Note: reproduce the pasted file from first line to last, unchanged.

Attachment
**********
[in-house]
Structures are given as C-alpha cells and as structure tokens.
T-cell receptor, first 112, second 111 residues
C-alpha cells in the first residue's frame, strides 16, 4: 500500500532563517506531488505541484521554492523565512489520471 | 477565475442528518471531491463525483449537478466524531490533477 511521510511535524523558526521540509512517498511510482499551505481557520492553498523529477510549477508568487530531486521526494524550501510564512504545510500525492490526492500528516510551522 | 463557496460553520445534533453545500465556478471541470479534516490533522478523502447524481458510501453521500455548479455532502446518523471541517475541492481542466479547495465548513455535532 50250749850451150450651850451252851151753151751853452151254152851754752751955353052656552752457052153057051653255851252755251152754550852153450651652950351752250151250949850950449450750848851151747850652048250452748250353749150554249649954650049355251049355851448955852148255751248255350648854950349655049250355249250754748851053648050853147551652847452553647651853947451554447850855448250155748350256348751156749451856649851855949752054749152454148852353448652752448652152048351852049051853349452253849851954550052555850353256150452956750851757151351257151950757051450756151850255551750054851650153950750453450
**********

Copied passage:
[in-house]
Structures are given as C-alpha cells and as structure tokens.
T-cell receptor, first 112, second 111 residues
C-alpha cells in the first residue's frame, strides 16, 4: 500500500532563517506531488505541484521554492523565512489520471 | 477565475442528518471531491463525483449537478466524531490533477 511521510511535524523558526521540509512517498511510482499551505481557520492553498523529477510549477508568487530531486521526494524550501510564512504545510500525492490526492500528516510551522 | 463557496460553520445534533453545500465556478471541470479534516490533522478523502447524481458510501453521500455548479455532502446518523471541517475541492481542466479547495465548513455535532 50250749850451150450651850451252851151753151751853452151254152851754752751955353052656552752457052153057051653255851252755251152754550852153450651652950351752250151250949850950449450750848851151747850652048250452748250353749150554249649954650049355251049355851448955852148255751248255350648854950349655049250355249250754748851053648050853147551652847452553647651853947451554447850855448250155748350256348751156749451856649851855949752054749152454148852353448652752448652152048351852049051853349452253849851954550052555850353256150452956750851757151351257151950757051450756151850255551750054851650153950750453450